This is a curious book. The edition that I read is a revised edition of a book first published in 1972. Fugue for a Darkening Island posses a curious atemporality because while the book has been revised to make Christopher Priest’s intended neutrality more explicit the general attitude and details of the society depicted haven’t. The cover copy refers to the book as being a “classic catastrophe novel” and I read it as part of the same tradition that books by John Wyndham, although harder and generally of a less conservative and hopeful character. And while it is less cosey than other catastrophe novels there’s still some restraint that slows the books down so that actually the book becomes boring.
Not badly written or unreadable, just boring.
There are violent set pieces and scenes of domestic breakdown caused by both the crisis and Alan Whitman’s own emotional immaturity, and taken individually these scenes do excite and hold interest. Like I said, this isn’t a badly written book. But there’s a lot of bumbling around the south of England and all the standard problems found in a catastrophe are all present. We are shown there is a genuine lack of shelter (except the book does, for a short while, turn into a typical British camping holiday), security, and a place to go for a pint and read the newspaper. However this is a two hundred page novel and I’m quite sure that if this was compressed into a novella of half its length with all the fat and faffing cut I might not have drifted off into periods of profound boredom.
One final problem is that the novels end is fatally obvious and very Daily Mail. But Fugue for a Darkening Island is curious and I’m not sure if this is a deliberate dissonant effect intended by Christopher Priest. Not sure because while Fugue for a Darkening Island demonstrates a complex attitude towards extreme immigration issues, with Alan Whiteman being a tolerant liberal at the start of the novel, by the end of the novel we are left with a text that demonstrates Africans are always cruel savages and that white Anglo-Saxon little Englanders are decent people.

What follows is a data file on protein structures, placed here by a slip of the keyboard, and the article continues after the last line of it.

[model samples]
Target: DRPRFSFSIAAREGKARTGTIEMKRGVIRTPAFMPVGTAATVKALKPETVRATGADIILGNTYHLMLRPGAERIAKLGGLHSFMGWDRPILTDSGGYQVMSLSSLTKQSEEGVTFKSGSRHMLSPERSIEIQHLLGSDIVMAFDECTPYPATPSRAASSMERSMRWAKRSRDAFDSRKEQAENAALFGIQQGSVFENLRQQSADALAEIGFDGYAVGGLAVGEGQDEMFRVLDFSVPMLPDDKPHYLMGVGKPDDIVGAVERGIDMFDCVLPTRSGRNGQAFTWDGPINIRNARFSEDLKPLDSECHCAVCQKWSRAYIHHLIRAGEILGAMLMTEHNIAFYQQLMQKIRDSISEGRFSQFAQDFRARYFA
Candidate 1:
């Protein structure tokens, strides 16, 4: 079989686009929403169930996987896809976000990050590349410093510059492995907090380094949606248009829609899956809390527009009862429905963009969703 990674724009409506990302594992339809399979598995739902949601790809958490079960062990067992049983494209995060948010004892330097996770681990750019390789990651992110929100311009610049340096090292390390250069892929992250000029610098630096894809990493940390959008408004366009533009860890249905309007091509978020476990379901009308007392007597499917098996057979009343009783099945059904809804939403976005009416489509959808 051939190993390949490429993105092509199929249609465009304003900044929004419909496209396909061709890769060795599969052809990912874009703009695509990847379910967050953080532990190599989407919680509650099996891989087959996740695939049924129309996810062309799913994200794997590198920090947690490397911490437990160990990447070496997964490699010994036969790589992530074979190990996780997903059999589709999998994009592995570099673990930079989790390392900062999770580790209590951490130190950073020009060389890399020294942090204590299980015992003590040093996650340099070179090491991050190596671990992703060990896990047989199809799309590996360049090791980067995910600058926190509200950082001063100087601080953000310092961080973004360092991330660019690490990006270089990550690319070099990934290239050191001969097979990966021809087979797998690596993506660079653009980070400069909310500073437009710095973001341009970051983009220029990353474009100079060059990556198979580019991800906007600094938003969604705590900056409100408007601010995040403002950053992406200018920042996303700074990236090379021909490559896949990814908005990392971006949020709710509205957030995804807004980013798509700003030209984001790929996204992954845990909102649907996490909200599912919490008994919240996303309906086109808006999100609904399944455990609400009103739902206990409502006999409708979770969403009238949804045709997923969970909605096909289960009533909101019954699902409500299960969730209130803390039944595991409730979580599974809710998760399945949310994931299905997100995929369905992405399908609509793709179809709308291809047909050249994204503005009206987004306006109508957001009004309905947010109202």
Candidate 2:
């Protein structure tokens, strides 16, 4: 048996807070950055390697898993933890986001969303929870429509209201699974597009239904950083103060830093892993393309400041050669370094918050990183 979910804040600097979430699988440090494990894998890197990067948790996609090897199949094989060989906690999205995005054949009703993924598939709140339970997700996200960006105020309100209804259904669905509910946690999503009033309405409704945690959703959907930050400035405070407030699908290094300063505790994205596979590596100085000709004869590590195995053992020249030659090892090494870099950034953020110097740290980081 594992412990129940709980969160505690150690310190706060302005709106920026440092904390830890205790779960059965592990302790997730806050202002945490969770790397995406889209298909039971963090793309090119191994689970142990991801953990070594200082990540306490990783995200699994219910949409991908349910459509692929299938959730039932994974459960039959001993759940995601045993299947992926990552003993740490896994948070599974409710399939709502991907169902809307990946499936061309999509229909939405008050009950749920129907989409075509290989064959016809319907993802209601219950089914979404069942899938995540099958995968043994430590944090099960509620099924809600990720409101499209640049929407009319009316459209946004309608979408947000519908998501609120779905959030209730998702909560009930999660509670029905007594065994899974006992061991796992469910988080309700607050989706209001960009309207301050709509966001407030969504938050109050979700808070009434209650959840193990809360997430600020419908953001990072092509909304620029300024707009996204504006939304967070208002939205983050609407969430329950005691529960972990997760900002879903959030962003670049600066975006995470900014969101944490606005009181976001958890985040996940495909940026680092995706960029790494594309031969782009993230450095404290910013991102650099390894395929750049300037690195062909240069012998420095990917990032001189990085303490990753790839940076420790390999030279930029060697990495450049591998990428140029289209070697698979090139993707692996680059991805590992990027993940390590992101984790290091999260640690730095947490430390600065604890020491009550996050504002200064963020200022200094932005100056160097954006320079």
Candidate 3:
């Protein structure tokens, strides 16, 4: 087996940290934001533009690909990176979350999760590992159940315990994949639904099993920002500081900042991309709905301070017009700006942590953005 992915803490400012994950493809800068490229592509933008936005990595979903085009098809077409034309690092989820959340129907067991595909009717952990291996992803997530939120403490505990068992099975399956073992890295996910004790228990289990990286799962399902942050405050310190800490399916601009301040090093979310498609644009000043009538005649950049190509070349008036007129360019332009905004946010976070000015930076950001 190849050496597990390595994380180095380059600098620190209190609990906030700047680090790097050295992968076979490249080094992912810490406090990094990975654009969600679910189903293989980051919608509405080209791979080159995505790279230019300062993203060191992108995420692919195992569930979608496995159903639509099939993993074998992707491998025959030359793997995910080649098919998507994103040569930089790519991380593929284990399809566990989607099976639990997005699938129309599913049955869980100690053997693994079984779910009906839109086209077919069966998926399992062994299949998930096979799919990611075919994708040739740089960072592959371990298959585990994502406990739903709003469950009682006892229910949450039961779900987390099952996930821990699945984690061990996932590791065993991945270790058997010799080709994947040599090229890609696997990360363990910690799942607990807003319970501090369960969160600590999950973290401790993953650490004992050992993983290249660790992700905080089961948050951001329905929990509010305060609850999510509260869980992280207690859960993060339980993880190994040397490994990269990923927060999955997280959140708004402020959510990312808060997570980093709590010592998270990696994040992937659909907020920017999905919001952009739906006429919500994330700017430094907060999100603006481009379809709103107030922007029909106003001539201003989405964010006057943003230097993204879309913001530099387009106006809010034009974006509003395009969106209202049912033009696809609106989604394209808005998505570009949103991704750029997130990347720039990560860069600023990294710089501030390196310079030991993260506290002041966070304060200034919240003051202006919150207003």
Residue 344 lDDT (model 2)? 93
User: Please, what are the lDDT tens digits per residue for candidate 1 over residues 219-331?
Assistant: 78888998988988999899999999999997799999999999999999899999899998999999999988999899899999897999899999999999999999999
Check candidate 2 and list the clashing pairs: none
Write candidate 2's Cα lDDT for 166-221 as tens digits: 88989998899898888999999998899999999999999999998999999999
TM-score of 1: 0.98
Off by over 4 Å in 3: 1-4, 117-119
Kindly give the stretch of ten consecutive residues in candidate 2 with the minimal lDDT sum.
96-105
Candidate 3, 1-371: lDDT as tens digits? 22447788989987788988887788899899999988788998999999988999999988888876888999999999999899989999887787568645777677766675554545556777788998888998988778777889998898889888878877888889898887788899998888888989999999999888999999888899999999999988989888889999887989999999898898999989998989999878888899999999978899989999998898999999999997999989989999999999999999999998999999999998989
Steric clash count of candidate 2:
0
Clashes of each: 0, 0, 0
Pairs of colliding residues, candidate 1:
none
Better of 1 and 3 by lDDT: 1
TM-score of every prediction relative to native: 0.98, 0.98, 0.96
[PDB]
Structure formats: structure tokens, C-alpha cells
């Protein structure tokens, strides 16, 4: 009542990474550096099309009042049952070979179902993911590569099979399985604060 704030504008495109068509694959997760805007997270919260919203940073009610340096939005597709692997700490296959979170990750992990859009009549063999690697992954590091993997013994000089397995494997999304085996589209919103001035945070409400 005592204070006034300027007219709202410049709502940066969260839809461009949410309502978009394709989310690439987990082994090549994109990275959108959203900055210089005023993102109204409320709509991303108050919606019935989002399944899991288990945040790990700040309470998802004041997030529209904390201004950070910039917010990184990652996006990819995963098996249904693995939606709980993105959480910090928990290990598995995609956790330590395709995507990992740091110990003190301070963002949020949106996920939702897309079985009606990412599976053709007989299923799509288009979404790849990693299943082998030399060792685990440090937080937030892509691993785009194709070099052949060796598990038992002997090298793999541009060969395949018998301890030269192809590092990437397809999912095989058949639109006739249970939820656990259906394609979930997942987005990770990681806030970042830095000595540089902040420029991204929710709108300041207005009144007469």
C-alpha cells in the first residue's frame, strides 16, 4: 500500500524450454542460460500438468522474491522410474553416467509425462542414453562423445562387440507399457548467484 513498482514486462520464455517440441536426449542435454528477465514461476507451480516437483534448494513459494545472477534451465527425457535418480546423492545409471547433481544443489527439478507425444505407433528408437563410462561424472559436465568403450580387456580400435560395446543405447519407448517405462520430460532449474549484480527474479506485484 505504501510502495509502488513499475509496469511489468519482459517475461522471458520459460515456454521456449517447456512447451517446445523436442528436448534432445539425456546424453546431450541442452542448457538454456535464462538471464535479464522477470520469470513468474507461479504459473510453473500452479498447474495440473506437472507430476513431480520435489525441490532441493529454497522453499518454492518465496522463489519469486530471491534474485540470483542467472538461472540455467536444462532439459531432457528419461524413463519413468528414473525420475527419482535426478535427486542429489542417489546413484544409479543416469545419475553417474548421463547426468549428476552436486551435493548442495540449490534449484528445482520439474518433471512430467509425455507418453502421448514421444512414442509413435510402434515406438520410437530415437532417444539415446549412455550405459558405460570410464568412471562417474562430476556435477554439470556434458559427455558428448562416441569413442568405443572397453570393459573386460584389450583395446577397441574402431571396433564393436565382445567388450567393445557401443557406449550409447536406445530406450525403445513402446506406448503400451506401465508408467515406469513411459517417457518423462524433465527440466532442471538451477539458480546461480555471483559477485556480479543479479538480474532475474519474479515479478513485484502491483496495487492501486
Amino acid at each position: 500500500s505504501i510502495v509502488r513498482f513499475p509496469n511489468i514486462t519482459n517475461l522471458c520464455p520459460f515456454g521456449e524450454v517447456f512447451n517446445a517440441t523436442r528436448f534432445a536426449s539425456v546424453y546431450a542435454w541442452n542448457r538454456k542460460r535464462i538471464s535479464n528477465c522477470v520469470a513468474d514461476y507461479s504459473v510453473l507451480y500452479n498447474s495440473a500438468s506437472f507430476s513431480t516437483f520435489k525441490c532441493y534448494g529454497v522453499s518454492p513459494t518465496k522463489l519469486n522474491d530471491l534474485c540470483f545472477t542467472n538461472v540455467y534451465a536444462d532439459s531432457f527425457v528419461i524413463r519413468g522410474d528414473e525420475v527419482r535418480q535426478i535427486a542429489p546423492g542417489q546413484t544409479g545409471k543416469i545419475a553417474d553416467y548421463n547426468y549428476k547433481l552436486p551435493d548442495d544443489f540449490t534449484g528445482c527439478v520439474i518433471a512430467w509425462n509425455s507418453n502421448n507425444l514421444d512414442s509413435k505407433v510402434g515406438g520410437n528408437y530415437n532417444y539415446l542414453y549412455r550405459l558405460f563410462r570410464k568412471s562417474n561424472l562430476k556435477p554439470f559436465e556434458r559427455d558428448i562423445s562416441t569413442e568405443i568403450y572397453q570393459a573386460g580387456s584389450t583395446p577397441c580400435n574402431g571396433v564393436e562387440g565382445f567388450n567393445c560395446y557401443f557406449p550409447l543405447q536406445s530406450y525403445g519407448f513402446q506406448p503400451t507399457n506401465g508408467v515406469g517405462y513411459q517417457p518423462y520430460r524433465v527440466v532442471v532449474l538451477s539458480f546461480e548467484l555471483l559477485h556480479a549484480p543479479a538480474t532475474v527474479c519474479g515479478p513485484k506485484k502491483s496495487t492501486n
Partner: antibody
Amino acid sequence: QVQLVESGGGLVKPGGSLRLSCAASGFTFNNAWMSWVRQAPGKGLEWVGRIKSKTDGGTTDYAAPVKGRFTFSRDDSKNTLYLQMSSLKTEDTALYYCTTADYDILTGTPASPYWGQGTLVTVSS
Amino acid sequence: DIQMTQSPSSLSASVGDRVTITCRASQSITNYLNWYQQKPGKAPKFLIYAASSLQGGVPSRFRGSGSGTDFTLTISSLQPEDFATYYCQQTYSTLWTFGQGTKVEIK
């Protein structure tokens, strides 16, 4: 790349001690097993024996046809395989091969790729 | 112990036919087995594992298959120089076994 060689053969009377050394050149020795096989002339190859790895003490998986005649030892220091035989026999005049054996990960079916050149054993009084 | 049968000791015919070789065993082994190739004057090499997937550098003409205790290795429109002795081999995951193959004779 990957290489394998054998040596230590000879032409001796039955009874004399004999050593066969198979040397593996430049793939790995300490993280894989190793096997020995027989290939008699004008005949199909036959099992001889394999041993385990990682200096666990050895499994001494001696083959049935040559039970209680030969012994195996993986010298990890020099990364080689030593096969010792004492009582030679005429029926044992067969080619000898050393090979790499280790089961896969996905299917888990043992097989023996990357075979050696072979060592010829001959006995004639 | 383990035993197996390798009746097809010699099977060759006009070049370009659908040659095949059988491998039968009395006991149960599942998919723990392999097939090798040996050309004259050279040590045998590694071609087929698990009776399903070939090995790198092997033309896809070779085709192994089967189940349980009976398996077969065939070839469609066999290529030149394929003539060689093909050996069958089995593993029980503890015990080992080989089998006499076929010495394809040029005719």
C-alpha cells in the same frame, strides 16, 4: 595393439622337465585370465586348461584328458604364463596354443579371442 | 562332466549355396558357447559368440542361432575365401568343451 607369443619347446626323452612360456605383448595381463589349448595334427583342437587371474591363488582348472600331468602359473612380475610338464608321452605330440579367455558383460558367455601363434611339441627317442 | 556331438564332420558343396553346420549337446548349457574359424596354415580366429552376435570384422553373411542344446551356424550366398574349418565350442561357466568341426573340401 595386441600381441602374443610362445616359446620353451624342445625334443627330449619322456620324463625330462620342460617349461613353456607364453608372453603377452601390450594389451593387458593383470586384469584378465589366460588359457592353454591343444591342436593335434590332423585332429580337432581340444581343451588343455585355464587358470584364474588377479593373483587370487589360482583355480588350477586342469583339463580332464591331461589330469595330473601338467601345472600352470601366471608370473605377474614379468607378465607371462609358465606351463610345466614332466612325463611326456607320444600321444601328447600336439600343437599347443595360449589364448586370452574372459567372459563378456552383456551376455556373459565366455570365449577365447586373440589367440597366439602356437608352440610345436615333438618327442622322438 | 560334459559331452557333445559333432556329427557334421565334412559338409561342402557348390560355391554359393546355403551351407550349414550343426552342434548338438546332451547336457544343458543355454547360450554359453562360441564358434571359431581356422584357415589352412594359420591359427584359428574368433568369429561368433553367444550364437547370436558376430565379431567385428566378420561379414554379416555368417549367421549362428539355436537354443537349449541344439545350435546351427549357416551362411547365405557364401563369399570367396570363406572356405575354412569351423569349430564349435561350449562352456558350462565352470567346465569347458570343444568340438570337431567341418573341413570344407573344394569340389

All I’m going to say is white people rape and kill women too.
So there’s Fugue for a Darkening Island. It’s a problematic book and I haven’t even begun to explore the issues raised by this being a revised edition of a forty year old book. That might be an issue not worth starting as unwrapping the past from the present is a notoriously difficult task and in a book like Fugue for a Darkening Island is rife with double arguments that leave us with no firm answers. Maybe all I can say on this issue is that I think I’d rather have read the text unrevised from the original 1972 edition.
This is a boring, yet curious, book. A dull catastrophe that in places seems close to the way thing are or would be, and in other places seems like the rantings found in the Daily Express/Mail letters page. Not bad, but also not good.
I am turning into my Dad.
My memories of trips to the mythic north to visit Grandparents during the festive season follow a consistent pattern. In the morning we blasted up the M1 and across the M62 to get to Rochdale before lunch time. Meals and small talk took up the afternoon until we had to leave for the return south. Our stay often only equalled the time spent travelling. The return route never exactly retracted our original tracks along the M62 and M1. We’d drive along the M62 until we reached Barnsley and then drove over the moors to Huddersfield. When asked why my Dad does this he only replies it makes the journey more interesting. I suspect that like me he cannot stand to retrace his steps too often.
The hundreds of times I’ve travelled through these places as a passenger has given me a virtual knowledge of these towns. One day I’ll stop in Huddersfield to find out what it’s like. I suspect I’ll be disappointed.